Home orders at Atlanta-based PulteGroup rose 15% year-over-year during the fourth quarter to 4,202 homes, while closings were up 9% to 6,197 homes for the period, gains the company credited to renewed job growth and overall consumer optimism in the market.
Profits were up 19.7% to $273.2 million for the quarter from a year ago and to 21.9% to $602.7 million for the year ending Dec. 31. Homebuilding revenues climbed 21.3% to $2.42 billion during the period, beating analyst estimates, and 28.6% to $7.45 billion for the year.
The average selling price rose 11% year-over-year to $391,000 for the quarter. The company expects the average selling price to hold above $400,000 this year compared to $373,000 in 2016. It forecast gross margins of 24 to 24.5% this year, with price increases from 1.5 to 2%.
Like other big homebuilders, Pulte continues to benefit from strong market fundamentals as rising labor and land costs continue to squeeze the company’s margins and higher interest rates threaten to impact affordability from a buyer perspective.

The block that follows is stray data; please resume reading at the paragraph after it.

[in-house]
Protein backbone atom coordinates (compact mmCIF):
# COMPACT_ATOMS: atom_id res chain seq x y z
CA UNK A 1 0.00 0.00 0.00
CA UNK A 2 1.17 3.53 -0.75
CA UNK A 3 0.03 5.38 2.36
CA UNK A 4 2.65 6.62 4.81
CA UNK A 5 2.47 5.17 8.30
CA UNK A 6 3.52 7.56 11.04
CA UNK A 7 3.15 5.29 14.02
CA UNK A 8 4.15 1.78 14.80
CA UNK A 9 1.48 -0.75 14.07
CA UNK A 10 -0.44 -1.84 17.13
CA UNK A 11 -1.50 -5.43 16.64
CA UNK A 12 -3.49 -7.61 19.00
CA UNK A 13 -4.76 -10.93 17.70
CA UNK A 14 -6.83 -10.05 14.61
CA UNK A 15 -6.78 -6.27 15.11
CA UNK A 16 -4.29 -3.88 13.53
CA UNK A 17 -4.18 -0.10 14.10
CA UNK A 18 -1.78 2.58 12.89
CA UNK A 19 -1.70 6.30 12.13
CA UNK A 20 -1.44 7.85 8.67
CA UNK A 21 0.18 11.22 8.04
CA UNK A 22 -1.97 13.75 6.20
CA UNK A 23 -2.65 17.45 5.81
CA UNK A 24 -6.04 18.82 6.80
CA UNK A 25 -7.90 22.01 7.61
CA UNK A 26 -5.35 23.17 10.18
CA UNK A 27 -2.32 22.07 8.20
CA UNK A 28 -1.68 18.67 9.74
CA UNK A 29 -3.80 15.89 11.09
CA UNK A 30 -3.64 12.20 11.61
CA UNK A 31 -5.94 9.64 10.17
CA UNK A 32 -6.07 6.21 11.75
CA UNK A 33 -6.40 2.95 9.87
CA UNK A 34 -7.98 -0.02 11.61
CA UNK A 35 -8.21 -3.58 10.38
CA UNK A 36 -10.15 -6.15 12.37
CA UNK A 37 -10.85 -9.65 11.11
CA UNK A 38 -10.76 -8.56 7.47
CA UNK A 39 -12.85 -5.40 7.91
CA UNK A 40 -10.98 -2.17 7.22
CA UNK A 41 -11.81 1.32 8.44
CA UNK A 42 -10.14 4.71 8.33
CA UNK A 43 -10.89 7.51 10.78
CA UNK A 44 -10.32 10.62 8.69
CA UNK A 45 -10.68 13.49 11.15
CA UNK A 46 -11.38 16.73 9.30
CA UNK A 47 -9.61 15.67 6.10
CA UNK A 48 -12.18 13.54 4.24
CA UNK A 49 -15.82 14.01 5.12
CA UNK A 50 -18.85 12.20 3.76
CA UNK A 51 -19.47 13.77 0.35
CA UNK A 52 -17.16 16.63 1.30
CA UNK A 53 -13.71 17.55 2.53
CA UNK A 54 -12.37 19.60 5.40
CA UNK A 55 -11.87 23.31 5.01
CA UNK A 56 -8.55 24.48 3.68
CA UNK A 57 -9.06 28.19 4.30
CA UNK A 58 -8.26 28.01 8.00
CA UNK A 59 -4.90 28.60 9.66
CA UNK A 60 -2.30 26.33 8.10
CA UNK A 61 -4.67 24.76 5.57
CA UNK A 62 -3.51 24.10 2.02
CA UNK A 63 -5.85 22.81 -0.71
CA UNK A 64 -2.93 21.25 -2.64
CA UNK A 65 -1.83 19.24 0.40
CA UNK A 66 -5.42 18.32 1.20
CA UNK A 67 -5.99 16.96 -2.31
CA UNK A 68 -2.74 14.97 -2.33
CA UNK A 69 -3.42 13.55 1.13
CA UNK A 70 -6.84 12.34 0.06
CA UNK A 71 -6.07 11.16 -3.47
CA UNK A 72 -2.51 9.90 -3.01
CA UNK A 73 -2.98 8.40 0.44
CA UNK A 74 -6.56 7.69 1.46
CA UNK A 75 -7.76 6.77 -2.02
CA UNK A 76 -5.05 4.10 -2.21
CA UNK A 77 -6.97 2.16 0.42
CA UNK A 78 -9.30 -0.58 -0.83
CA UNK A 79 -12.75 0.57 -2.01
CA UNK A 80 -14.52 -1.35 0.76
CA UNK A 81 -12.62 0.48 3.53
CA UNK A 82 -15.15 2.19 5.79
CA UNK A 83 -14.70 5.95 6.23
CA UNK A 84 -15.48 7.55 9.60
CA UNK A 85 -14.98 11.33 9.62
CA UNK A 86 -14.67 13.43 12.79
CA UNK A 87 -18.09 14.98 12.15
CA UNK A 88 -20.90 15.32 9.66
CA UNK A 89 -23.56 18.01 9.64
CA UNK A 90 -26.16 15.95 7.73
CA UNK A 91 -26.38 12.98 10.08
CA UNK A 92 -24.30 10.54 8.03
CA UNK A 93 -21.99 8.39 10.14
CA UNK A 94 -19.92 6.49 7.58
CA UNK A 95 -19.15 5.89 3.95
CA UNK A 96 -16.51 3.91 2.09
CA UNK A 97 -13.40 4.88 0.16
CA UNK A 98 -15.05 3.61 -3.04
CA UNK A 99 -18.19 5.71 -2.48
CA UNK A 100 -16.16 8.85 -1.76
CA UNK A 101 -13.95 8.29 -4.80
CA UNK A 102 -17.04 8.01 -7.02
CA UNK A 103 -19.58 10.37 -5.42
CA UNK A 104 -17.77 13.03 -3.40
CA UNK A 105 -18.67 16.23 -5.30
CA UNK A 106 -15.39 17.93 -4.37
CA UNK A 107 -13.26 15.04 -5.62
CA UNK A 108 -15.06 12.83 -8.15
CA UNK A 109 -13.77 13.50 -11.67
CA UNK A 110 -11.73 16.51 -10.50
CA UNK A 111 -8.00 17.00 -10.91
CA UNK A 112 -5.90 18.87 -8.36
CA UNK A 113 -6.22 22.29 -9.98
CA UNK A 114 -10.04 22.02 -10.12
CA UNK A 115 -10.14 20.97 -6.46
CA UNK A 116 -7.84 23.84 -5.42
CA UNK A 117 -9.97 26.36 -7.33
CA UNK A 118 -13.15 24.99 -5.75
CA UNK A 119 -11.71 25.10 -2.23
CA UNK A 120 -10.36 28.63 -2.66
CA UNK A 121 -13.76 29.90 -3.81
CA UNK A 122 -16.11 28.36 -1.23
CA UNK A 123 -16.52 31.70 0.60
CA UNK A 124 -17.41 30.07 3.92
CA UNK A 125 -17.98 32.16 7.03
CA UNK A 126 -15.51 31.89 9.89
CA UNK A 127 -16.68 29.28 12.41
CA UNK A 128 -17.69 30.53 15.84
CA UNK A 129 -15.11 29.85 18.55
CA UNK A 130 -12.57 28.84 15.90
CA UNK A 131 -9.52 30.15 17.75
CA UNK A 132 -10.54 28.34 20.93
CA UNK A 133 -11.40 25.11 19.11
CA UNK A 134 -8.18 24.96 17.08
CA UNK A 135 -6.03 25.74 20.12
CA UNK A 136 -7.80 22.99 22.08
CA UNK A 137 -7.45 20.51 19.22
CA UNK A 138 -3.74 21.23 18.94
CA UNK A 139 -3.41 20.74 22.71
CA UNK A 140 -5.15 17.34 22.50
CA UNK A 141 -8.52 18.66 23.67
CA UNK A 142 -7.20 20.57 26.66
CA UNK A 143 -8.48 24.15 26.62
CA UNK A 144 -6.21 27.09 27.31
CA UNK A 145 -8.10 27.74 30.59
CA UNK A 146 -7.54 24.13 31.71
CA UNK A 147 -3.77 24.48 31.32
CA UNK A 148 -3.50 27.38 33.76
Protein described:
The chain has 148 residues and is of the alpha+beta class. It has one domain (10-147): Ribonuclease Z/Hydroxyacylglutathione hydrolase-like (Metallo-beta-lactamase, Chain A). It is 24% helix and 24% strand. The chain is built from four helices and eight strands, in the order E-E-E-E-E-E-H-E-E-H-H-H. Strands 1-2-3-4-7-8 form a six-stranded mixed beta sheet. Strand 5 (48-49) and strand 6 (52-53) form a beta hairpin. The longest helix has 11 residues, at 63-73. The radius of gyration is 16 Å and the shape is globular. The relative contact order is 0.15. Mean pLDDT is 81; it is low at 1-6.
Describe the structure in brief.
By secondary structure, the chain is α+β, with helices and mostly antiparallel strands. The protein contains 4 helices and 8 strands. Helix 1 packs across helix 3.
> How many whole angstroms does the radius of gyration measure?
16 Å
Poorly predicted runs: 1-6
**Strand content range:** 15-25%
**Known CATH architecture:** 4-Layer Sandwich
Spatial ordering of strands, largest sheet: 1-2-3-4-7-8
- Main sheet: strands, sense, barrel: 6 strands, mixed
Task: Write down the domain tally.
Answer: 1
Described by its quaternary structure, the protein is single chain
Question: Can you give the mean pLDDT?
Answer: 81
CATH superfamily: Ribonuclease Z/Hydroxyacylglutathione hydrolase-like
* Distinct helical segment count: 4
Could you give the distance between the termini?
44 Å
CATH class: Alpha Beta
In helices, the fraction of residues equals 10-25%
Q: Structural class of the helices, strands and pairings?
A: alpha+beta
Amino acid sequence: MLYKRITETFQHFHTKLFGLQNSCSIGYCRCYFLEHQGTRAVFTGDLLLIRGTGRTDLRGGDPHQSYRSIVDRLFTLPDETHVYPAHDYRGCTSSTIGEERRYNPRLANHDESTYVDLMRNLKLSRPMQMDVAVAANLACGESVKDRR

In a call with analysts on Jan. 26, company executives said that with the recent run-up in interest rates coming off historical lows, demand is expected to remain at healthy levels as the rate rise reflects an expansion of the nation’s economy.
Of the company’s fourth-quarter sales, those going to first-time buyers rose by 12% while the move-up category increased by 27% and active-adult by 1%. For the year, 43% of deliveries were to move-up buyers, following recent investment in that segment. The company cited the potential for investment in the first-time and active-adult categories going forward.
Pulte’s average selling price to first-time buyers surged 20% for the quarter to $301,000, driven by an increase in homes closed in California, which officials noted are often priced higher.
The forecast follows a similar one this week by homebuilder D.R. Horton, which noted that its targeted lines for the entry-level and active-adult categories allow the company to respond to growing demand in those segments.
The Commerce Department reported single-family housing starts fell 4% from November to an annual rate of 795,000 in December and were up 3.9% for the year, as the category continues its protracted recovery. Multifamily rebounded with a 53.9% increase from November to a rate of 417,000 starts in December as that volatile segment of the housing market begins to cool.
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